by Kris Osborn
In a recent multi-national missile defense test off the coast of Scotland.
The USS Ross used its Aegis radar technology to identify an approaching ballistic missile threat and then fire a Standard Missile-3 from the ship’s vertical launch tubes up into space to intercept the target, Navy and Raytheon officials said.
The live-fire testing from the USS Ross marked the first time an SM-3 guided interceptor missile was fired from a non-U.S range and the first intercept of a ballistic missile threat in the European theater, a Navy statement said.
A key part of the coalition test was also aimed at demonstrating an ability to successfully defend against longer-range ballistic missiles as well as closer-in air defense threats such as cruise missiles. While the USS Ross was engaging a ballistic missile target with an SM-3 missile, the Navy’s USS Sullivans, also a destroyer, fired an SM-2 missile to destroy two anti-ship cruise missiles approaching the coalition task force group.
"Nine member nations of the Maritime Theater Missile Defense Forum, under the auspices of the U.S. Missile Defense Agency, successfully conducted the simultaneous engagement of a ballistic missile in space and an anti-ship cruise missile target, the first demonstration of this capability in the European theater,” Adm. Mark Ferguson, Commander, U.S. Naval Forces Europe said in a written statement.
The Navy currently deploys four Aegis-radar capable ships in Rota, Spain as part of a broader effort to protect the European continent from ballistic missile threats.
Aegis is the name of the Navy’s ship-based missile defense radar system which is able to send electro-magnetic pings up into space and track approaching short and intermediate-range ballistic missile threats. The system on Navy ships is currently protecting Europe from potential ballistic missile threats such as Iran.
Integrated technologies and electronics on the ship, including fire control systems, link information from the Aegis radar with a ship’s vertical launch tubes able to fire out SM-3 interceptor missiles. Using various guidance technologies, the SM-3 then flies up into space to destroy approaching ballistic missile threats. The SM-3 missile uses enhanced two-color infrared seeker and upgraded steering and propulsion capability, Raytheon officials told Scout Warrior. These technologies use short bursts of precision propulsion to direct the missile toward incoming targets, the official added.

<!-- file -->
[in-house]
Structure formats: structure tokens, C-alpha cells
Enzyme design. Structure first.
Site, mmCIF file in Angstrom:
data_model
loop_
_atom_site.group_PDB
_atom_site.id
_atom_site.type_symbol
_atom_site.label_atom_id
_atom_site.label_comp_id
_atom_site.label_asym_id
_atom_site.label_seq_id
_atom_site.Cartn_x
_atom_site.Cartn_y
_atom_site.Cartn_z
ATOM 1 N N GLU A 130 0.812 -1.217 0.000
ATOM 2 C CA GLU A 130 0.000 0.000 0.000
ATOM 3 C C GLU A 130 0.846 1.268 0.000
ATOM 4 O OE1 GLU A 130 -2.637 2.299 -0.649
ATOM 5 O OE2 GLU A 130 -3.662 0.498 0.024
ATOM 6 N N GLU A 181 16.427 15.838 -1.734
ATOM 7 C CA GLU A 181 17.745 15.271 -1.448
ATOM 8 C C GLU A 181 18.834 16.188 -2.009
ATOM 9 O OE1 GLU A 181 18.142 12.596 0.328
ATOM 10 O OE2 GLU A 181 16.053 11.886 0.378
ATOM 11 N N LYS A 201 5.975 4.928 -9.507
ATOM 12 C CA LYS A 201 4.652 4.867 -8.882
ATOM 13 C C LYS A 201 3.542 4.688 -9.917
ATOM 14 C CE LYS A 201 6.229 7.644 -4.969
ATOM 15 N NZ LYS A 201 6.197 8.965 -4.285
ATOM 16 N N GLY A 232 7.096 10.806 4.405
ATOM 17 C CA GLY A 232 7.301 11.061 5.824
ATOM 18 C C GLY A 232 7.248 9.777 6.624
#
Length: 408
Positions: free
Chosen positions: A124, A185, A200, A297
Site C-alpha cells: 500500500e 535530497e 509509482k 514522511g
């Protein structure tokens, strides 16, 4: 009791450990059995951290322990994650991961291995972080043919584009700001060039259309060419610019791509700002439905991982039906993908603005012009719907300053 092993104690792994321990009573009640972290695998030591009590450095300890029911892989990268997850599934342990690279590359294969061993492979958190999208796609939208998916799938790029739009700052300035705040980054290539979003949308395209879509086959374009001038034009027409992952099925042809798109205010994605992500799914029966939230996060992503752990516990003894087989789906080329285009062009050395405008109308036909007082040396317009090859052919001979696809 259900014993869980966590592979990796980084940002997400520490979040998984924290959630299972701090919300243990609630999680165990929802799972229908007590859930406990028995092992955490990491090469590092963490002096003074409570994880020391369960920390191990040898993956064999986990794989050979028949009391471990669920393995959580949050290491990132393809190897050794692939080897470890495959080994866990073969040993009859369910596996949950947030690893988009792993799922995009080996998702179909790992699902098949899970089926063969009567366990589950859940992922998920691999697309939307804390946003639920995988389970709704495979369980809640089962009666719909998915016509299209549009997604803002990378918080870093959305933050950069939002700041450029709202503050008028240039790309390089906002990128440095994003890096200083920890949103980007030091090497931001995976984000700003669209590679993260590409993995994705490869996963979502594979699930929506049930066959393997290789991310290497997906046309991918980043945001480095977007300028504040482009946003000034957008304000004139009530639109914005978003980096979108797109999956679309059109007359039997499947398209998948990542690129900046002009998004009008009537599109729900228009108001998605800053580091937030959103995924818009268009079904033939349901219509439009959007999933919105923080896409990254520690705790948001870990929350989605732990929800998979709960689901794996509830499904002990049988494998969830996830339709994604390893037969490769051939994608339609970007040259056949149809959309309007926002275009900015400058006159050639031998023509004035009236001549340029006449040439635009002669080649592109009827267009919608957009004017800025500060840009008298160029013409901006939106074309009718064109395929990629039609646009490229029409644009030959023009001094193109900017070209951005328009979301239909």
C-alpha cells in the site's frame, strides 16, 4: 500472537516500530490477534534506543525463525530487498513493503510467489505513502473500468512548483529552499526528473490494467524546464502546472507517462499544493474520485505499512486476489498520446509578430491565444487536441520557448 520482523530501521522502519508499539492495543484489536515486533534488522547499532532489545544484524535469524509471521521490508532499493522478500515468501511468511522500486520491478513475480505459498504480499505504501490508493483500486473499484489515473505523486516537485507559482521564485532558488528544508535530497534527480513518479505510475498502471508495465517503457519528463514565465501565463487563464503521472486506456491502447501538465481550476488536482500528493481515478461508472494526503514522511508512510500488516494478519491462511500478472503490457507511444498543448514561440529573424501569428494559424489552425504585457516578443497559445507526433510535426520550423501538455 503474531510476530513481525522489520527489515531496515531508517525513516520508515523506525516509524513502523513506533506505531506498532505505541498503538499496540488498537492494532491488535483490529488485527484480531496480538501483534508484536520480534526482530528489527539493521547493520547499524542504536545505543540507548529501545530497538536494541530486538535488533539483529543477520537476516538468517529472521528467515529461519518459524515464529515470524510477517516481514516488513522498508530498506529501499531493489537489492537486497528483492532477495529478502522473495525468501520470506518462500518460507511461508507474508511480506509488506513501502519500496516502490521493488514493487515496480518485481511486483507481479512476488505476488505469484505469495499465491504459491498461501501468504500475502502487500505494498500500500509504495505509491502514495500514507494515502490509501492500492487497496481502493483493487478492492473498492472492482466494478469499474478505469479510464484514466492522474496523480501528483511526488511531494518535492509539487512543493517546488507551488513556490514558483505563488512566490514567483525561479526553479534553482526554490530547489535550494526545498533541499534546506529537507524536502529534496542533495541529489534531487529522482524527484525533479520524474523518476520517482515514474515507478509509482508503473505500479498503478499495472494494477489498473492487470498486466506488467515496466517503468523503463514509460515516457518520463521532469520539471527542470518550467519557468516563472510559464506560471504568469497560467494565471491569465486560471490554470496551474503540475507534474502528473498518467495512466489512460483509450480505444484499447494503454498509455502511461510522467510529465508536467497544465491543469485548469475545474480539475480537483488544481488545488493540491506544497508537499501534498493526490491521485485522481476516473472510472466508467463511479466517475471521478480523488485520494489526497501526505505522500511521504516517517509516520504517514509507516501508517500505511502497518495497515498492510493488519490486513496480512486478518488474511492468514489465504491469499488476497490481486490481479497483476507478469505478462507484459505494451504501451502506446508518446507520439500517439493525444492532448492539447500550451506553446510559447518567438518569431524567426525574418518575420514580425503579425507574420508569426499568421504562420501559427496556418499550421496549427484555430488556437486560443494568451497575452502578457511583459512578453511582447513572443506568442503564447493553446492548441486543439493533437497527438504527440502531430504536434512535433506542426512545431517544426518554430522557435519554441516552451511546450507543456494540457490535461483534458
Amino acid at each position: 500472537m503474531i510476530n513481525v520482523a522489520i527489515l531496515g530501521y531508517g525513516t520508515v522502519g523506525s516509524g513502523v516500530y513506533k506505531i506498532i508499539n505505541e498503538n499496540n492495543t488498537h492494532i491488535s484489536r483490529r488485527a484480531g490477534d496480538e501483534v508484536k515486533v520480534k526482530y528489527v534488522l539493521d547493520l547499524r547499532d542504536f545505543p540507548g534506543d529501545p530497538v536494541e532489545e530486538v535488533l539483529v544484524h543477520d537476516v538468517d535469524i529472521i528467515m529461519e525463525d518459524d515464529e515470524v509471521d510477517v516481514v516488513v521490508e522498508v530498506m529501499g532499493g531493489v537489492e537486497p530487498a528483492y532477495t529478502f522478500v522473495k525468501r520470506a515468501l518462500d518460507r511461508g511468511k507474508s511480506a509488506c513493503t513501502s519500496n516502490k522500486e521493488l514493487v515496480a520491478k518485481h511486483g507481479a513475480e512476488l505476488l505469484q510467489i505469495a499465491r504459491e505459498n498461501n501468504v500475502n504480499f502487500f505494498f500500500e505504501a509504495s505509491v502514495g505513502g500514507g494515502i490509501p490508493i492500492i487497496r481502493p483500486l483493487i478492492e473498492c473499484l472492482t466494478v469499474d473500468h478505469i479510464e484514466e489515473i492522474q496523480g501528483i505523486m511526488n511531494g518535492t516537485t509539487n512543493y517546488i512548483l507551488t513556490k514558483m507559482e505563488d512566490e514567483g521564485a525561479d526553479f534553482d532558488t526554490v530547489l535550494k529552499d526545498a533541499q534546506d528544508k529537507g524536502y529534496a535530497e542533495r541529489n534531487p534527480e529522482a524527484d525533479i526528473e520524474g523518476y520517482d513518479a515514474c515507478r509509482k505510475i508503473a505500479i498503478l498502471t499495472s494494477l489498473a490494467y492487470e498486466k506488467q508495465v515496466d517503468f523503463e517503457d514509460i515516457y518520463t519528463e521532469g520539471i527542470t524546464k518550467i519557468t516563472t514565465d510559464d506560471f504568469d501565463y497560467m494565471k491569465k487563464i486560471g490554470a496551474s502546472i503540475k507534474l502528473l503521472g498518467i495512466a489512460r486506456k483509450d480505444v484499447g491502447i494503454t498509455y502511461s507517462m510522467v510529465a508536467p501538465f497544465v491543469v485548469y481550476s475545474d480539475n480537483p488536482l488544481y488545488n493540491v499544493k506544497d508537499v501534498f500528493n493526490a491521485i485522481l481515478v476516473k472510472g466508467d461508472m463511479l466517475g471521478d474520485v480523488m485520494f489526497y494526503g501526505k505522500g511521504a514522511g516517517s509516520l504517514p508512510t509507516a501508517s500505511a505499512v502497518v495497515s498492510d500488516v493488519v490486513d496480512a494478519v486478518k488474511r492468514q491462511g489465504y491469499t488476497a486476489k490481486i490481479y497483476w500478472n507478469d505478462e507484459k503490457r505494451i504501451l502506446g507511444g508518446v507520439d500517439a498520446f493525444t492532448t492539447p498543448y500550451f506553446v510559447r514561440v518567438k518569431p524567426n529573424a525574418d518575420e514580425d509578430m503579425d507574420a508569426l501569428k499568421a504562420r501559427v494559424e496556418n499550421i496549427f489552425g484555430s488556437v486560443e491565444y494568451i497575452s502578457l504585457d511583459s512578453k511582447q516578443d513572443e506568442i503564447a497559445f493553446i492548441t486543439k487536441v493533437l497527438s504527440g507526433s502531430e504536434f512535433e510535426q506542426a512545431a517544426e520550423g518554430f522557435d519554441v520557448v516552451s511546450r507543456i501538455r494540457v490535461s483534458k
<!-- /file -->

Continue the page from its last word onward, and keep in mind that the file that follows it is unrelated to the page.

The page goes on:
The SM-3, made by Raytheon, is a weapon able to destroy ballistic missile threats beyond the earth’s atmosphere, a distance described by experts as roughly 60-miles above the earth’s surface.
The weapon uses what’s called a “kinetic energy” warhead with “hit-to-kill” technology, meaning it has no explosives but rather relies purely upon the speed and force of impact to destroy a target. The Raytheon website explains its effect as equivalent to a 10-ton truck traveling at 600 miles per hour.
“We demonstrated the capability to integrate across the departments of defense that are part of this Maritime Missile Defense Forum. That was the sole objective. It is more about the capabilities that have been demonstrated incrementally and bringing it all together with multiple nations. It really just shows the fact that we can work together and demonstrate a sea-based defense capability with multiple nations,” Bill Blair, Vice President of Business Development for Air and Missile Defense, Raytheon, told reporters.
Admiral Ferguson emphasized that international collaboration and inter-operatiliby was a focus of the test in order to assure that key teams of allies could work together in the event of a ballistic missile attack.
“This achievement also highlights the enduring value of our MTMD (Maritime Theater Missile Defense) Forum member nations - Australia, Canada, France, Germany, Italy, The Netherlands, Norway, Spain, and the United Kingdom-and demonstrates the interoperability of allied navies to conduct integrated air and missile defense,” Ferguson said.
Having an ability to fire an SM-3 missile into space is of particular importance when it comes to missile defense – in part because it can travel beyond the earth’s atmosphere and knock down targets from farther distances than other ship-based defensive technologies.
Pentagon missile defense experts explain layered missile defense in terms of three key phases of flight for incoming ballistic missiles. The “boost” phase when a missile takes off and travels up into space; the “mid-course” phase, the longest of the three, is when the missile is traveling in space above the earth’s atmosphere; the “terminal” phase is the final portion of a missile’s trajectory when it returns into the earth’s atmosphere and approaches its target.
Therefore, having an ability to target and destroy an approaching missile during the “midcourse” phase is of great relevance because it is the longest window of time during which a missile can be shot down. This is what the SM-3 missile was able to do – knock down an incoming ballistic missile from space, during its “midcourse” phase of flight.